Mr Davinder Singh, on behalf of Mr Lee, submitted that the present application should be dismissed on two grounds. First, the applicant had not shown that she had “special qualifications or experience for the purpose of the case”. Mr Singh argued that the only issue remaining for resolution in S 569/2014 was the assessment of damages. He contended that this was an area of practice on which a significant body of local jurisprudence had developed and which was informed by an understanding of local political and social conditions, neither of which the applicant had any demonstrable expertise in or familiarity with.4 Second, the applicant had not provided sufficient basis for the court to exercise its discretion in her favour. Mr Singh argued that the issues in contention were neither complex nor difficult and did not necessitate the skills of local senior counsel, let alone foreign senior counsel. That being the case, there was a large pool of local counsel who could competently represent Mr Ngerng in this matter and he need not be represented by Ms Rogers.5

Mr Christopher Daniel, on behalf of the Law Society, and Mr Jeyendran Jeyapal, on behalf of the...

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5 cases
  • Re Wordsworth, Samuel Sherratt QC
    • Singapore
    • High Court (Singapore)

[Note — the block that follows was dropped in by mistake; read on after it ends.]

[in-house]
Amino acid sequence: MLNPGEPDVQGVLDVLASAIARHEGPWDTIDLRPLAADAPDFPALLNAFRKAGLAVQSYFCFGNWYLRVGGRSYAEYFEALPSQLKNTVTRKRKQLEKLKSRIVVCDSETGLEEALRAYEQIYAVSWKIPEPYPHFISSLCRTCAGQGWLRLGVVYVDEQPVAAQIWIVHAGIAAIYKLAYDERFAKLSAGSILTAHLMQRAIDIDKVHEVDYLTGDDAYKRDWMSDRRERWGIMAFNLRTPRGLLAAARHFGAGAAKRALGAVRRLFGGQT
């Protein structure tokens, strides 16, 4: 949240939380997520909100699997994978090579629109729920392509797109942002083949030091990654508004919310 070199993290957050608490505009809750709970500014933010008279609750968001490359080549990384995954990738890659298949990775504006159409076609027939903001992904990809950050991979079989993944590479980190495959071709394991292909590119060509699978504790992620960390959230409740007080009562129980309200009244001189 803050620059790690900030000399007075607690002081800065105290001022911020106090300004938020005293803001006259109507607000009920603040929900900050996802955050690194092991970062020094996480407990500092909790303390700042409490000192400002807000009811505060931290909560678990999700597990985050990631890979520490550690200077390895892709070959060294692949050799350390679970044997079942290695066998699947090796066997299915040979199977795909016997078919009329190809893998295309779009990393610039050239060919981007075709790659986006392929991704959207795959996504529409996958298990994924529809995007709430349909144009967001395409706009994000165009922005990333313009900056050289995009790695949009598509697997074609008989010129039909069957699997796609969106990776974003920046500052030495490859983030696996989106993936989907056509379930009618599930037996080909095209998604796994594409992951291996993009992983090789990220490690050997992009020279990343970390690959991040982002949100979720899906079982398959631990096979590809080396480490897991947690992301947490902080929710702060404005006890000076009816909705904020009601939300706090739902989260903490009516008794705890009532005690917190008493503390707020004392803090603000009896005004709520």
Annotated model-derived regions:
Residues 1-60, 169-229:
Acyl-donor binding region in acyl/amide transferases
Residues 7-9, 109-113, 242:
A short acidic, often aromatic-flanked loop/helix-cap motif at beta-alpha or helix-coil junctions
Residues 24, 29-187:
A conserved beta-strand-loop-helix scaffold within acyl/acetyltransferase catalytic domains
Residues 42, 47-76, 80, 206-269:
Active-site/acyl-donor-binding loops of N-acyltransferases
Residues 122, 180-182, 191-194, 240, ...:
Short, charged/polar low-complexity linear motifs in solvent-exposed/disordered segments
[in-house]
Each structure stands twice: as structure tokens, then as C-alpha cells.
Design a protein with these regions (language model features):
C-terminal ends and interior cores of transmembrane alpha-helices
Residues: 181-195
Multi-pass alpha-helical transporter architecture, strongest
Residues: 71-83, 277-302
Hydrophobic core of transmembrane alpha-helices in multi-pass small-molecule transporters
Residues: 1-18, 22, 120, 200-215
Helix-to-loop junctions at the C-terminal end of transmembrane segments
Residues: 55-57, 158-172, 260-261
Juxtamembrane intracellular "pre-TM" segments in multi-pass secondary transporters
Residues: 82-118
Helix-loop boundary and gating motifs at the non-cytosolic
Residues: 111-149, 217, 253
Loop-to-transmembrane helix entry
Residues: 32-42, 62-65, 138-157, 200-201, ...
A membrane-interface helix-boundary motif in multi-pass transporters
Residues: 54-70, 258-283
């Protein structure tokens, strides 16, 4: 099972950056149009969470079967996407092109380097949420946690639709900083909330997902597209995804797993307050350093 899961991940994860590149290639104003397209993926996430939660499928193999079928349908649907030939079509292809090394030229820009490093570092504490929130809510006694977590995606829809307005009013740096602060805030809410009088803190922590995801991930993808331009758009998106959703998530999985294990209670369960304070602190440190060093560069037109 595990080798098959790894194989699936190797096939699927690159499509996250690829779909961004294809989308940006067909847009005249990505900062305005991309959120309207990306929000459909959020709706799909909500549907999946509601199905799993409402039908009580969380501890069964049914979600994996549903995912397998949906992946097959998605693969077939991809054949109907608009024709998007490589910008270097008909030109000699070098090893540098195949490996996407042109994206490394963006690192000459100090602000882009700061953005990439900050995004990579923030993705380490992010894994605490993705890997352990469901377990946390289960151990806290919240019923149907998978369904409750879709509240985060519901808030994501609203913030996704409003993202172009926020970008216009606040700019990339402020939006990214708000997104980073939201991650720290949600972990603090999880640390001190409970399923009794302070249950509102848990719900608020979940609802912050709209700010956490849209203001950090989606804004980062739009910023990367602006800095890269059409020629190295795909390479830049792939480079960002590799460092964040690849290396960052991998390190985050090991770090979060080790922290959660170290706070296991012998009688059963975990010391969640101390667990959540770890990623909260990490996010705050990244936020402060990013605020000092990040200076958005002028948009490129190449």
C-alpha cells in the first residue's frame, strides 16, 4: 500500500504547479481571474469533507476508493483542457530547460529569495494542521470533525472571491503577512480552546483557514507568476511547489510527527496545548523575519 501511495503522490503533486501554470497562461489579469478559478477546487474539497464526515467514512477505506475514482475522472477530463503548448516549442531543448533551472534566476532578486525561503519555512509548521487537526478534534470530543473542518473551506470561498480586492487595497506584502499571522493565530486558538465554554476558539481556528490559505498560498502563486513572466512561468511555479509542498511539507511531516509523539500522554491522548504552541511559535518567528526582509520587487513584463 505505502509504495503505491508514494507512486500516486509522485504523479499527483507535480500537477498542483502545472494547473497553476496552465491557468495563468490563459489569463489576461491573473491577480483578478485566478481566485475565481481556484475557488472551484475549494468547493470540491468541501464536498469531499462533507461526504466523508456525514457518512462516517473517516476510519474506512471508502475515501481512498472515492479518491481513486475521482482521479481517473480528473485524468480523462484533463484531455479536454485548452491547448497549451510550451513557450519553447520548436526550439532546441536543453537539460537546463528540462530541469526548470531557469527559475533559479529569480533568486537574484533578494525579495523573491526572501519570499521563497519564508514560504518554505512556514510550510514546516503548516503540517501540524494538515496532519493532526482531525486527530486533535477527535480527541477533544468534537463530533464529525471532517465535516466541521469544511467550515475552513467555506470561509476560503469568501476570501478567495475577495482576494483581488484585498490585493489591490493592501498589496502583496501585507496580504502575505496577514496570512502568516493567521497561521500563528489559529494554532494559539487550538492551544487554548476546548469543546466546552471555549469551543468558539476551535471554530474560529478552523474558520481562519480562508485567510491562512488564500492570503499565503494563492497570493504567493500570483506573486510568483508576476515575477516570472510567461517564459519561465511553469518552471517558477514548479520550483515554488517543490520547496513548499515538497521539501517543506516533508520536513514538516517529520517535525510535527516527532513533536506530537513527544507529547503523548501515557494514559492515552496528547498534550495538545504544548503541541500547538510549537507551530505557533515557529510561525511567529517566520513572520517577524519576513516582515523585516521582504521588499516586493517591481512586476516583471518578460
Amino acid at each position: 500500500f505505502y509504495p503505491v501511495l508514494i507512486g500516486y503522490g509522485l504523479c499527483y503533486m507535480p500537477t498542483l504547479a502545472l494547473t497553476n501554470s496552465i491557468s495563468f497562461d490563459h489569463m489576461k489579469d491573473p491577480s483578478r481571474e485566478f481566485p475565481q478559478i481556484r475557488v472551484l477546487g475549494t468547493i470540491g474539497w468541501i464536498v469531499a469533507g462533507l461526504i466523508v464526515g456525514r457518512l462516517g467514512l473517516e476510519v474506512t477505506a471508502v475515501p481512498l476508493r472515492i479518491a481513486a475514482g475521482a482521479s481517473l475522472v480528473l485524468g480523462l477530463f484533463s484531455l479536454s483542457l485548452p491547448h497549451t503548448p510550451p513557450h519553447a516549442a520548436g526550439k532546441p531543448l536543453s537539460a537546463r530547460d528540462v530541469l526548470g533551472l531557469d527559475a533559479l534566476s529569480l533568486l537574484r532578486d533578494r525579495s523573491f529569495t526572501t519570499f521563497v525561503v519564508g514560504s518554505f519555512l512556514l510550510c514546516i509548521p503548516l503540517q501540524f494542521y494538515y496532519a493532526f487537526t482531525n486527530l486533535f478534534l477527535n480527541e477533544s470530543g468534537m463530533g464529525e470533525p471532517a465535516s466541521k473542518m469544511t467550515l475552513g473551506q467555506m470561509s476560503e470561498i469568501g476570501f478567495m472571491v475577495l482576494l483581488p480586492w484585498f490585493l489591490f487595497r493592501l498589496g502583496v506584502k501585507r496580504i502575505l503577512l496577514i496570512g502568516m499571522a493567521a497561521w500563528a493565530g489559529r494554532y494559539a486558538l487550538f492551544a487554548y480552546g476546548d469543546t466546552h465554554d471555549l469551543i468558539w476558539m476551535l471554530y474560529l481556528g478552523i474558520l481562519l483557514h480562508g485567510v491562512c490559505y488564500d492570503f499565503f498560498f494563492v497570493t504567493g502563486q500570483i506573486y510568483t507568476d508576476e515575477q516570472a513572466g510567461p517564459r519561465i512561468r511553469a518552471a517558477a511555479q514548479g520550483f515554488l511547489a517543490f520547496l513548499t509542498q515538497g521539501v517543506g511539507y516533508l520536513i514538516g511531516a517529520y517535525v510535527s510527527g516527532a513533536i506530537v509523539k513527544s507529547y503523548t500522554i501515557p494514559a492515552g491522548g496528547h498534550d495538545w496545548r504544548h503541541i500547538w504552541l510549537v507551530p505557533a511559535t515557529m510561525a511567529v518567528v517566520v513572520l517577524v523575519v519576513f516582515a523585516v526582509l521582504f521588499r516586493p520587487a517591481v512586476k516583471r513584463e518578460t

• 29 August 2016
    ...QC [2013] 4 SLR 921 (“Re Lord Goldsmith”), Re Beloff, Re Fordham, Michael QC [2015] 1 SLR 272 (“Re Fordham”) and Re Rogers, Heather QC [2015] 4 SLR 1064 (“Re Rogers”). These applications were disallowed because the “special reason” requirement for the ring-fenced areas of legal practice und......
  • Re Gearing, Matthew Peter QC
    • Singapore
    • High Court (Singapore)
    • 18 October 2019
    ...some notable and particular expertise relevant to the issues at hand: see Re Beloff at [57]. As I had observed in Re Rogers, Heather QC [2015] 4 SLR 1064 (“Re Rogers”) at [17] and [21], it is not sufficient for the applicant to have general expertise pertaining to the particular issues that......
  • Re Harish Salve and another matter
    • Singapore
    • High Court (Singapore)
    • 17 February 2017
    ...possess special qualifications or experience relevant to the specific issues which arise in the case at hand (Re Rogers, Heather QC [2015] 4 SLR 1064 (“Re Rogers”) at [17]). As I clarified in Re Fordham, Michael QC [2015] 1 SLR 272 (“Re Fordham”) at [50], the focus here is on the relevance ......
  • Re Landau, Toby Thomas QC
    • Singapore
    • High Court (Singapore)
    • 28 November 2016
    ...court can say with the benefit of clear legal authority that they will not arise on the facts of the case (see Re Rogers, Heather QC [2015] 4 SLR 1064 (“Re Rogers”) at [54]). Having identified the factual and legal issues that will arise, the court should give some thought as to how they ar......
  • Request a trial to view additional results